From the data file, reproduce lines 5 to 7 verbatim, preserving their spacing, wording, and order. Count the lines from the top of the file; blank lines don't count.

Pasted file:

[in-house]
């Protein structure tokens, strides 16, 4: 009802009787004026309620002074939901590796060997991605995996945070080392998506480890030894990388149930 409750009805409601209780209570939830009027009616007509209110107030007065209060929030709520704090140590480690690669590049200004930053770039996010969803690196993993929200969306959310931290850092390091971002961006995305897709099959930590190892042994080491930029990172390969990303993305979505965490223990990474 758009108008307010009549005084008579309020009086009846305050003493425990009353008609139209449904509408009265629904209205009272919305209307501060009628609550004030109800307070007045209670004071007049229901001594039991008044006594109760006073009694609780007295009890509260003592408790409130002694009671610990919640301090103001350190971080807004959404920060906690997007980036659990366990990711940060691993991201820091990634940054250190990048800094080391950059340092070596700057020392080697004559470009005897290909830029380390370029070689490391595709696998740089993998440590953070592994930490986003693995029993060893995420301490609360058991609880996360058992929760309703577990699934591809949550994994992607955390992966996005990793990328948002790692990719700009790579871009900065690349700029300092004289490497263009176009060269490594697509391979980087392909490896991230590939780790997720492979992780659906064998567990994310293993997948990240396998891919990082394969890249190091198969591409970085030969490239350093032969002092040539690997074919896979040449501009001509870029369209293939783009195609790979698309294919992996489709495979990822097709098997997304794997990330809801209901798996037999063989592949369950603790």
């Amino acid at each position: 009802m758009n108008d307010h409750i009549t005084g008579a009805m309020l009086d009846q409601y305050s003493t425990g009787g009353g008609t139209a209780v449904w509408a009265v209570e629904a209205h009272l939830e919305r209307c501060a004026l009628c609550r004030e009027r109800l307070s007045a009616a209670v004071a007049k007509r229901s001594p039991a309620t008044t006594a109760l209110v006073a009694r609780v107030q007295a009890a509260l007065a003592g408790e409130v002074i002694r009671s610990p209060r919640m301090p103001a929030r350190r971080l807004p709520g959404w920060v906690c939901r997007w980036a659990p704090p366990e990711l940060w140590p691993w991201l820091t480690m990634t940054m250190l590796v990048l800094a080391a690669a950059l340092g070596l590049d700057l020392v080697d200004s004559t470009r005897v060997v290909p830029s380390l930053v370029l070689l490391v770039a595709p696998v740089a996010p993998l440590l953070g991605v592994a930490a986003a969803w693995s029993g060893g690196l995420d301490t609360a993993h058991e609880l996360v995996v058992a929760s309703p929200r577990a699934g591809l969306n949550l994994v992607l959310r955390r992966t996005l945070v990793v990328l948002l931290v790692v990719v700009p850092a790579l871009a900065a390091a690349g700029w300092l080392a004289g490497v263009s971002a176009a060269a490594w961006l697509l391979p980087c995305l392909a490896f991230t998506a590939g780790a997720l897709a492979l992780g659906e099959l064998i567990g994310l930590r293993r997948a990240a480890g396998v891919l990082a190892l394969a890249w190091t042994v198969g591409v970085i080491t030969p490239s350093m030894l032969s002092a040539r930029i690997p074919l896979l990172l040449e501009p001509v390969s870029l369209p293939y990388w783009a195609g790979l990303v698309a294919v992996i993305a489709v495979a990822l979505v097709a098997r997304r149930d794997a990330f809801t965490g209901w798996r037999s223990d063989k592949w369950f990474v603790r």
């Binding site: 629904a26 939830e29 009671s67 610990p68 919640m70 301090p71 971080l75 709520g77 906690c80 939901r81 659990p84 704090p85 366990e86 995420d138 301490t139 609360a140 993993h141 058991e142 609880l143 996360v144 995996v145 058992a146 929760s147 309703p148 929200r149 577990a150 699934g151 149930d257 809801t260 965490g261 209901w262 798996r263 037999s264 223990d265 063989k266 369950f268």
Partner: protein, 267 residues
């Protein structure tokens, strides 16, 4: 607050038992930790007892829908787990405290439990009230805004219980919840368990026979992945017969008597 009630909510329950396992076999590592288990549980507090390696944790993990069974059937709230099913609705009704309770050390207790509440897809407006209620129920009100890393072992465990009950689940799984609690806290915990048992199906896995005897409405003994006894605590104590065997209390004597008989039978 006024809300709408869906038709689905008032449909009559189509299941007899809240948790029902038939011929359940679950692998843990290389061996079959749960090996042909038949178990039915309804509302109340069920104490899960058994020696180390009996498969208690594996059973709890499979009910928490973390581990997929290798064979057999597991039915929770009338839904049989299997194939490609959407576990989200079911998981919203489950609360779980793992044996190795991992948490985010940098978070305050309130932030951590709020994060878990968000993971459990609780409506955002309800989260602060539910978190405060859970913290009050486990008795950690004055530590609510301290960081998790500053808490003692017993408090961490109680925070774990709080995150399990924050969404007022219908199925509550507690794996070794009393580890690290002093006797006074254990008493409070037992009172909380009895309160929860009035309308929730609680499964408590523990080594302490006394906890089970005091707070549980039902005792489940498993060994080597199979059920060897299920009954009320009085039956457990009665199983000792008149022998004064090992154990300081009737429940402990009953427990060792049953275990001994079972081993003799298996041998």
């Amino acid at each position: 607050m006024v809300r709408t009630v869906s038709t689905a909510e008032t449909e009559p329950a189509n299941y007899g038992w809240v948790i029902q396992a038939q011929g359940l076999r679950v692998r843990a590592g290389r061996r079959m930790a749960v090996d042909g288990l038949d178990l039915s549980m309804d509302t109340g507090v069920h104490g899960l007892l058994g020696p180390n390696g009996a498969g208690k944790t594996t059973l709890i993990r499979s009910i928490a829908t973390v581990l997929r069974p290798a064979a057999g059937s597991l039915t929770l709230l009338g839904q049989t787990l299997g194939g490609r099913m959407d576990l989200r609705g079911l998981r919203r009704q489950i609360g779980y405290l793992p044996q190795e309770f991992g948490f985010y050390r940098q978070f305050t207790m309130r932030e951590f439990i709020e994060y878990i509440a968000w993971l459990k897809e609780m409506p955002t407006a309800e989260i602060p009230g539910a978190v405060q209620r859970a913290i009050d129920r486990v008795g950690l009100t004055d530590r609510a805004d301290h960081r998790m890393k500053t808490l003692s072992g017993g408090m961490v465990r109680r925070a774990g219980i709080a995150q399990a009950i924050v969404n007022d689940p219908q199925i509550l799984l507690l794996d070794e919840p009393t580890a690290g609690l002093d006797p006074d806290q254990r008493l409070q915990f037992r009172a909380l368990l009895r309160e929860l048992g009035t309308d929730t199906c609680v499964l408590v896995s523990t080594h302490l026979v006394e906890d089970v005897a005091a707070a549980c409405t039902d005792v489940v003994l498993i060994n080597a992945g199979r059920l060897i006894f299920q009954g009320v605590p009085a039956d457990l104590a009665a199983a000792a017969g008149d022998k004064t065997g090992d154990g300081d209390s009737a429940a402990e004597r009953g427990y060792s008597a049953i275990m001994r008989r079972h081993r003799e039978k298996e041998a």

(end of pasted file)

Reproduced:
Partner: protein, 267 residues
């Protein structure tokens, strides 16, 4: 607050038992930790007892829908787990405290439990009230805004219980919840368990026979992945017969008597 009630909510329950396992076999590592288990549980507090390696944790993990069974059937709230099913609705009704309770050390207790509440897809407006209620129920009100890393072992465990009950689940799984609690806290915990048992199906896995005897409405003994006894605590104590065997209390004597008989039978 006024809300709408869906038709689905008032449909009559189509299941007899809240948790029902038939011929359940679950692998843990290389061996079959749960090996042909038949178990039915309804509302109340069920104490899960058994020696180390009996498969208690594996059973709890499979009910928490973390581990997929290798064979057999597991039915929770009338839904049989299997194939490609959407576990989200079911998981919203489950609360779980793992044996190795991992948490985010940098978070305050309130932030951590709020994060878990968000993971459990609780409506955002309800989260602060539910978190405060859970913290009050486990008795950690004055530590609510301290960081998790500053808490003692017993408090961490109680925070774990709080995150399990924050969404007022219908199925509550507690794996070794009393580890690290002093006797006074254990008493409070037992009172909380009895309160929860009035309308929730609680499964408590523990080594302490006394906890089970005091707070549980039902005792489940498993060994080597199979059920060897299920009954009320009085039956457990009665199983000792008149022998004064090992154990300081009737429940402990009953427990060792049953275990001994079972081993003799298996041998």
């Amino acid at each position: 607050m006024v809300r709408t009630v869906s038709t689905a909510e008032t449909e009559p329950a189509n299941y007899g038992w809240v948790i029902q396992a038939q011929g359940l076999r679950v692998r843990a590592g290389r061996r079959m930790a749960v090996d042909g288990l038949d178990l039915s549980m309804d509302t109340g507090v069920h104490g899960l007892l058994g020696p180390n390696g009996a498969g208690k944790t594996t059973l709890i993990r499979s009910i928490a829908t973390v581990l997929r069974p290798a064979a057999g059937s597991l039915t929770l709230l009338g839904q049989t787990l299997g194939g490609r099913m959407d576990l989200r609705g079911l998981r919203r009704q489950i609360g779980y405290l793992p044996q190795e309770f991992g948490f985010y050390r940098q978070f305050t207790m309130r932030e951590f439990i709020e994060y878990i509440a968000w993971l459990k897809e609780m409506p955002t407006a309800e989260i602060p009230g539910a978190v405060q209620r859970a913290i009050d129920r486990v008795g950690l009100t004055d530590r609510a805004d301290h960081r998790m890393k500053t808490l003692s072992g017993g408090m961490v465990r109680r925070a774990g219980i709080a995150q399990a009950i924050v969404n007022d689940p219908q199925i509550l799984l507690l794996d070794e919840p009393t580890a690290g609690l002093d006797p006074d806290q254990r008493l409070q915990f037992r009172a909380l368990l009895r309160e929860l048992g009035t309308d929730t199906c609680v499964l408590v896995s523990t080594h302490l026979v006394e906890d089970v005897a005091a707070a549980c409405t039902d005792v489940v003994l498993i060994n080597a992945g199979r059920l060897i006894f299920q009954g009320v605590p009085a039956d457990l104590a009665a199983a000792a017969g008149d022998k004064t065997g090992d154990g300081d209390s009737a429940a402990e004597r009953g427990y060792s008597a049953i275990m001994r008989r079972h081993r003799e039978k298996e041998a």